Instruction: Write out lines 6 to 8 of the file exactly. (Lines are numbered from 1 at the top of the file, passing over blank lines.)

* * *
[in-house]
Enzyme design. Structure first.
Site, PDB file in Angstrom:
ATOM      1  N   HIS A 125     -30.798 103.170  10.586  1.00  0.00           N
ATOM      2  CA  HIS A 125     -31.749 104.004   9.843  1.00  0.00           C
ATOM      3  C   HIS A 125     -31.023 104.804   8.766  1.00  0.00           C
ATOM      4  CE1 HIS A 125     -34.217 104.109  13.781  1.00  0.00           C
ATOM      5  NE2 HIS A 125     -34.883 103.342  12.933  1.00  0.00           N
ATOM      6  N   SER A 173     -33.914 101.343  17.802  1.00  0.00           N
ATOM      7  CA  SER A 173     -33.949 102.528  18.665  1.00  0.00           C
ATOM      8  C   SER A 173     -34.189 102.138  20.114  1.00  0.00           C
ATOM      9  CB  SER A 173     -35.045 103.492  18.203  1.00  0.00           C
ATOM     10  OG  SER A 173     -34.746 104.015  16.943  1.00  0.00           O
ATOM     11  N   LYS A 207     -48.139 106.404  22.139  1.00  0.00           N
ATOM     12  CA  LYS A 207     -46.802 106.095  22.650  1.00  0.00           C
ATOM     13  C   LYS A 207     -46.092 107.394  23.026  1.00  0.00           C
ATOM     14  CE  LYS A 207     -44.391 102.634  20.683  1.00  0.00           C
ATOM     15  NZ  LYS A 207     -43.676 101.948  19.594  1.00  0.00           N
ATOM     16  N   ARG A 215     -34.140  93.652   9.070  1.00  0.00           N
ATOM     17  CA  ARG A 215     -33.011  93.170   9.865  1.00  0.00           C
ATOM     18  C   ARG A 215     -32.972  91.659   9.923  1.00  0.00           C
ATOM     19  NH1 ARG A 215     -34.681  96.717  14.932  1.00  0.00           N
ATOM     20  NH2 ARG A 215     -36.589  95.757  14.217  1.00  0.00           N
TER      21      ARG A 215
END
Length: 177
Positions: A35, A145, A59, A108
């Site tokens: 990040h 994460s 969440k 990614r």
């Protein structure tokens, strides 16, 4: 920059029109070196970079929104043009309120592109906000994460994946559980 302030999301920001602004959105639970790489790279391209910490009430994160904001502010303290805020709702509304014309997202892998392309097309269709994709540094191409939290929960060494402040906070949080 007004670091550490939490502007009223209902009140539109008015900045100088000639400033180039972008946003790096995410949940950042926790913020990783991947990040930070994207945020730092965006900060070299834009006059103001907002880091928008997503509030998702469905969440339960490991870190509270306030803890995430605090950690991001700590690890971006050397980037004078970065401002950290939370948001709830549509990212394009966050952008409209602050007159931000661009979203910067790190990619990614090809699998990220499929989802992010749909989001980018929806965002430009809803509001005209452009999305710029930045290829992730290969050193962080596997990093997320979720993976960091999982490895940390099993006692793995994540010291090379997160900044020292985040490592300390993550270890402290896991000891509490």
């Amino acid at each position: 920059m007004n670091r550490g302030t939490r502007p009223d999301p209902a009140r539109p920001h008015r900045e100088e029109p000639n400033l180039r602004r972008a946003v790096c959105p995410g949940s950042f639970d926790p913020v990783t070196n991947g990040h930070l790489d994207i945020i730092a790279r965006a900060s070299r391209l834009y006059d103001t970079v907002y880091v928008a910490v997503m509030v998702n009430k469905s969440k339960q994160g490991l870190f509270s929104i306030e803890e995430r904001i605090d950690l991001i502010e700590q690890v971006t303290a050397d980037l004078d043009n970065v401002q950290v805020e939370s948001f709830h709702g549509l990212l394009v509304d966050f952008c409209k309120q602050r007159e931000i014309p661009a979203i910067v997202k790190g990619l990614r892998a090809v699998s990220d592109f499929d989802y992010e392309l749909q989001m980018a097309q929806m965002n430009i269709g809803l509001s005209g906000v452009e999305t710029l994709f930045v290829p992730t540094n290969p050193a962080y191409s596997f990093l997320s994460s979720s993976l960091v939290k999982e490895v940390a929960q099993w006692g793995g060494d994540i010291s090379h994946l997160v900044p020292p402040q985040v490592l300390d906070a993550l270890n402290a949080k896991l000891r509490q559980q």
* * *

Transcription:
ATOM      3  C   HIS A 125     -31.023 104.804   8.766  1.00  0.00           C
ATOM      4  CE1 HIS A 125     -34.217 104.109  13.781  1.00  0.00           C
ATOM      5  NE2 HIS A 125     -34.883 103.342  12.933  1.00  0.00           N